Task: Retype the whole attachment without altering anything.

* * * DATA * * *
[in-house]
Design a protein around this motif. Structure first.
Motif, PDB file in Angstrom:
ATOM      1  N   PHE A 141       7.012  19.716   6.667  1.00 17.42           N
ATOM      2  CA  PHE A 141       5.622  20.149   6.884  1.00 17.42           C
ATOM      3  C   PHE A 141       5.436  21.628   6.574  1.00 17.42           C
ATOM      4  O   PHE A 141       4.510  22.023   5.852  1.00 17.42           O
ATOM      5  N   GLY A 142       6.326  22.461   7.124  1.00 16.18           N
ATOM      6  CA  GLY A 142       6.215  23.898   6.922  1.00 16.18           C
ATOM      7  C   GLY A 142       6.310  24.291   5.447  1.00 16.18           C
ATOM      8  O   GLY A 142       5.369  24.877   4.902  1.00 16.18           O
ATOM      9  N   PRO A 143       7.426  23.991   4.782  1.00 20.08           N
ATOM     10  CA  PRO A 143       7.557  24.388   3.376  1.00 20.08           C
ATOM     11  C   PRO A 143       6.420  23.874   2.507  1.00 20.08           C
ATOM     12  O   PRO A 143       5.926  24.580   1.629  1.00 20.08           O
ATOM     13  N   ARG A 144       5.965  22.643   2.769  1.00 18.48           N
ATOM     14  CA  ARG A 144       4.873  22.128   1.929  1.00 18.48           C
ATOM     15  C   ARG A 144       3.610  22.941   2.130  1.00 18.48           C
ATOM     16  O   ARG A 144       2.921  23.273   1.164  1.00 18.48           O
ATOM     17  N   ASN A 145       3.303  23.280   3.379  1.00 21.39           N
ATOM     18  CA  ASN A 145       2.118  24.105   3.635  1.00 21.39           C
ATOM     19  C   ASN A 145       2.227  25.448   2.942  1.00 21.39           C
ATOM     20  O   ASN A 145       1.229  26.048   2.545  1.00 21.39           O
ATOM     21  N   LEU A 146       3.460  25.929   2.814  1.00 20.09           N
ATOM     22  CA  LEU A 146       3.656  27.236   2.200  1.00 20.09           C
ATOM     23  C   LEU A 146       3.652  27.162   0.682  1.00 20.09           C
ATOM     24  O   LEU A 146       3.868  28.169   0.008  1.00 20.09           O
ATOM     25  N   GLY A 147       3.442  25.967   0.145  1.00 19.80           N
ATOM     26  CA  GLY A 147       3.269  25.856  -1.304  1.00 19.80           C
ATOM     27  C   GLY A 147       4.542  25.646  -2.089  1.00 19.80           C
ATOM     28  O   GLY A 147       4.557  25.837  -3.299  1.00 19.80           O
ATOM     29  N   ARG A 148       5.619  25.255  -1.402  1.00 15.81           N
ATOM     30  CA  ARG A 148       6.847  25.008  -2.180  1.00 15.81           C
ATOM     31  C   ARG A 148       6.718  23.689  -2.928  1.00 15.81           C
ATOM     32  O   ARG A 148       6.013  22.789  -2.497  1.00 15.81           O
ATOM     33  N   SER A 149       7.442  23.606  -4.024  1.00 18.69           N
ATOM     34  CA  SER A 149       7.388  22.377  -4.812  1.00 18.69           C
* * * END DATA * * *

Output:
[in-house]
Design a protein around this motif. Structure first.
Motif, PDB file in Angstrom:
ATOM      1  N   PHE A 141       7.012  19.716   6.667  1.00 17.42           N
ATOM      2  CA  PHE A 141       5.622  20.149   6.884  1.00 17.42           C
ATOM      3  C   PHE A 141       5.436  21.628   6.574  1.00 17.42           C
ATOM      4  O   PHE A 141       4.510  22.023   5.852  1.00 17.42           O
ATOM      5  N   GLY A 142       6.326  22.461   7.124  1.00 16.18           N
ATOM      6  CA  GLY A 142       6.215  23.898   6.922  1.00 16.18           C
ATOM      7  C   GLY A 142       6.310  24.291   5.447  1.00 16.18           C
ATOM      8  O   GLY A 142       5.369  24.877   4.902  1.00 16.18           O
ATOM      9  N   PRO A 143       7.426  23.991   4.782  1.00 20.08           N
ATOM     10  CA  PRO A 143       7.557  24.388   3.376  1.00 20.08           C
ATOM     11  C   PRO A 143       6.420  23.874   2.507  1.00 20.08           C
ATOM     12  O   PRO A 143       5.926  24.580   1.629  1.00 20.08           O
ATOM     13  N   ARG A 144       5.965  22.643   2.769  1.00 18.48           N
ATOM     14  CA  ARG A 144       4.873  22.128   1.929  1.00 18.48           C
ATOM     15  C   ARG A 144       3.610  22.941   2.130  1.00 18.48           C
ATOM     16  O   ARG A 144       2.921  23.273   1.164  1.00 18.48           O
ATOM     17  N   ASN A 145       3.303  23.280   3.379  1.00 21.39           N
ATOM     18  CA  ASN A 145       2.118  24.105   3.635  1.00 21.39           C
ATOM     19  C   ASN A 145       2.227  25.448   2.942  1.00 21.39           C
ATOM     20  O   ASN A 145       1.229  26.048   2.545  1.00 21.39           O
ATOM     21  N   LEU A 146       3.460  25.929   2.814  1.00 20.09           N
ATOM     22  CA  LEU A 146       3.656  27.236   2.200  1.00 20.09           C
ATOM     23  C   LEU A 146       3.652  27.162   0.682  1.00 20.09           C
ATOM     24  O   LEU A 146       3.868  28.169   0.008  1.00 20.09           O
ATOM     25  N   GLY A 147       3.442  25.967   0.145  1.00 19.80           N
ATOM     26  CA  GLY A 147       3.269  25.856  -1.304  1.00 19.80           C
ATOM     27  C   GLY A 147       4.542  25.646  -2.089  1.00 19.80           C
ATOM     28  O   GLY A 147       4.557  25.837  -3.299  1.00 19.80           O
ATOM     29  N   ARG A 148       5.619  25.255  -1.402  1.00 15.81           N
ATOM     30  CA  ARG A 148       6.847  25.008  -2.180  1.00 15.81           C
ATOM     31  C   ARG A 148       6.718  23.689  -2.928  1.00 15.81           C
ATOM     32  O   ARG A 148       6.013  22.789  -2.497  1.00 15.81           O
ATOM     33  N   SER A 149       7.442  23.606  -4.024  1.00 18.69           N
ATOM     34  CA  SER A 149       7.388  22.377  -4.812  1.00 18.69           C